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Central Rappahannock
Heritage Center Newsletter
A place that loses its history loses it soul
Volume 7, Issue 1
January 2017
In This Issue

The Heritage Center gladly provides research services.  Please contact the center for rates.
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Message From The Chairman

Happy New Year!  As we welcome in 2017, we have so much to look forward to. This year marks the 20th anniversary of the Central Rappahannock Heritage Center.  Founded in 1997 by a group of dedicated people who believed in the mission of preserving our area's rich local heritage, the Center has continued this mission with the help of an outstanding volunteer staff.  As the Center's document and photographic collections continue to grow, our staff tirelessly works to preserve them and make them available to researchers.

Speaking of collections, I'm pleased to announce that, through the generosity of the John T. Rector Fund, the Center was able to contract with Kofile Technologies of Greensboro, N.C. to have two important books in the Center's collections beautifully restored.  One is the McCoull Farm Journal (1795-1845) from Spotsylvania County and the other is the Hopewell Nursery Book (1833-1860), also from Spotsylvania County.  Kofile cleaned all the surfaces, removed damaging tape, de-acified the pages and repaired the tears. The results are three bound volumes that are splendid to see!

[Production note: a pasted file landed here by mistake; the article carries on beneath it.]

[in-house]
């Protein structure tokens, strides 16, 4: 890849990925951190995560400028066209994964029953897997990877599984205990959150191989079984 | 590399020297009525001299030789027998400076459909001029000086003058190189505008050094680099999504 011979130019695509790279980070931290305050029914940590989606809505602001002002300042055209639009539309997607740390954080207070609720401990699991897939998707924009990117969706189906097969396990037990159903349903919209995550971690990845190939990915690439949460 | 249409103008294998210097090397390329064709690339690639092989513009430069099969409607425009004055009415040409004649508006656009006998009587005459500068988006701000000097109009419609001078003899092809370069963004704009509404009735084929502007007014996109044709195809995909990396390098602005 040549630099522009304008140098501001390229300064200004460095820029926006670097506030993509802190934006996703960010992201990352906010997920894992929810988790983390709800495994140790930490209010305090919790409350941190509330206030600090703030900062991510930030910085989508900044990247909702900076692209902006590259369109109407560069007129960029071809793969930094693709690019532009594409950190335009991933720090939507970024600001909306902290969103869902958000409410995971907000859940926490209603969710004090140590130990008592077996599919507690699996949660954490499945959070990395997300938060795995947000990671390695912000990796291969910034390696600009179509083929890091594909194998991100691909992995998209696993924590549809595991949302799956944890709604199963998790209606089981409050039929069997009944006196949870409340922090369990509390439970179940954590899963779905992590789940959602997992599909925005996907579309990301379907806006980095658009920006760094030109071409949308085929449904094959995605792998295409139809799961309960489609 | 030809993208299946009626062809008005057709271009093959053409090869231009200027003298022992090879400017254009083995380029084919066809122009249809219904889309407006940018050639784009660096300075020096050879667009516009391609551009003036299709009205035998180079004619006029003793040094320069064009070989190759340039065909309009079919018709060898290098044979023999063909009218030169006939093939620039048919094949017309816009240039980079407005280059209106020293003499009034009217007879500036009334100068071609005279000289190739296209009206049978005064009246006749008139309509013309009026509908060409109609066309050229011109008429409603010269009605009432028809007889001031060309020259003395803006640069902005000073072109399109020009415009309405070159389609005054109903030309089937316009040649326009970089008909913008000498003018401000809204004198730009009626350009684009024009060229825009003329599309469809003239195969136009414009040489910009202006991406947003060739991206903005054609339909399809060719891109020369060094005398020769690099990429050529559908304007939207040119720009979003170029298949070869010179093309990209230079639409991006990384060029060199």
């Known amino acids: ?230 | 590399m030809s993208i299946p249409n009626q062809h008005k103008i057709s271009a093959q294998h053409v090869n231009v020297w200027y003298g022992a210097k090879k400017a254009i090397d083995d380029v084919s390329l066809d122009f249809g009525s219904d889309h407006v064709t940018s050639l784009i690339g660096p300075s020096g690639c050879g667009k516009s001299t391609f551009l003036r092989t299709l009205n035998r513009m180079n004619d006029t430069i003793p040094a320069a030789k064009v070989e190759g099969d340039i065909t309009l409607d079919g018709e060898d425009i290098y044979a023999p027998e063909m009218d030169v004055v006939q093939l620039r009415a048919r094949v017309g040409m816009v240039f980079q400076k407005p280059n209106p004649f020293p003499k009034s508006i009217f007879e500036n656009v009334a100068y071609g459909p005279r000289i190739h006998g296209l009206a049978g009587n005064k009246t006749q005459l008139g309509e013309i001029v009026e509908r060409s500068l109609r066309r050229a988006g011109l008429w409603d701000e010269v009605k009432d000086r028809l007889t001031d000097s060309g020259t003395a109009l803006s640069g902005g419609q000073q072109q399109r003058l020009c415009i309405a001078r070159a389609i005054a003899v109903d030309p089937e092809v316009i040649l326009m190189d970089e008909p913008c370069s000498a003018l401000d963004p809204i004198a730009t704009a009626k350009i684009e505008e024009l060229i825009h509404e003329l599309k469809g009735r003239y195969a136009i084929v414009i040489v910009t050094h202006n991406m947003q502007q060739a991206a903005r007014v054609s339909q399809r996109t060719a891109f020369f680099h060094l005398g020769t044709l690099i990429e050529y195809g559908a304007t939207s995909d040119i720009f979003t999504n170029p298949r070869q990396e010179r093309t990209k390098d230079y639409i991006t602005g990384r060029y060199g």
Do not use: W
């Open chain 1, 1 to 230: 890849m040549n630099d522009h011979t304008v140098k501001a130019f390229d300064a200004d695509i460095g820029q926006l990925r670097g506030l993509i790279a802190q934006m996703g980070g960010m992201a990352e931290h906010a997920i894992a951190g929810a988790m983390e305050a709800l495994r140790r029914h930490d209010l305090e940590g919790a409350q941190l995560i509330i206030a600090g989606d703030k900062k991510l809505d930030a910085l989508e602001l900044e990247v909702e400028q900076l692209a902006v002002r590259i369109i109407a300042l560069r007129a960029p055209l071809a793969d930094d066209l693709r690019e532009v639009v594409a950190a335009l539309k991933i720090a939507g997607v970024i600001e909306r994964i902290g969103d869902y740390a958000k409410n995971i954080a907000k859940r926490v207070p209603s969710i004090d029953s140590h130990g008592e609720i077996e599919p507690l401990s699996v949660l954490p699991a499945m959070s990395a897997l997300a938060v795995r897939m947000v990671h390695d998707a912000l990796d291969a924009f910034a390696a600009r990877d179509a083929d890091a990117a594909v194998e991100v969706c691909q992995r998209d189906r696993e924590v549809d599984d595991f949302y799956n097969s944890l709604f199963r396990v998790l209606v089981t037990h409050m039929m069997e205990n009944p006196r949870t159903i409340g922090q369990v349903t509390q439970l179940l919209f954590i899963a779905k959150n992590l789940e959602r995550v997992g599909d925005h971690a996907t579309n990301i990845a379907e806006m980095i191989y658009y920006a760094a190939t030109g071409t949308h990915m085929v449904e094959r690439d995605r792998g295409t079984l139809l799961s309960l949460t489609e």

In my message last January, I mentioned that I considered it vital to increase awareness of the Center through a combination of marketing, technology and word of mouth.  To that end, the Center was able to hire a professional marketing agency this past year to develop a five year marketing plan, taking it through 2021.  Another key component of outreach is to develop a "brand", recognizable images that tell who we are and what we do.  I won't say any more right now but please "stay tuned" for more on this subject in the coming months.  I believe we will have some exciting news to share as the Center enters its 20th year!
In closing, please remember that Old Man Winter will be with us for the next couple of months, even though we may occasionally get fooled by temperatures in the 60's!  In case of snow, the Center follows the schedule set by the Fredericksburg Public Schools for weather closings and delays so please check in case of inclement weather.  Our website, though, is always open for business.
Best wishes for a happy and healthy new year!
Meredith Beckett
CRHC Chairman  

Welcome New Members 
Ms. Jenny Guth 

CRHC memberships support the important work done by the Center.  The Center fills a unique role in the region, the preservation of our people's history, which we make available for research.  We are a 100% all volunteer, non-profit organization.

Please join us as part of the Heritage Center's preservation team!  As a CRHC member, you will be helping to preserve our priceless local history.  Click here to become a member today! 

Thank you for your support,

The Central Rappahannock Heritage Center

Canwick - A House Divided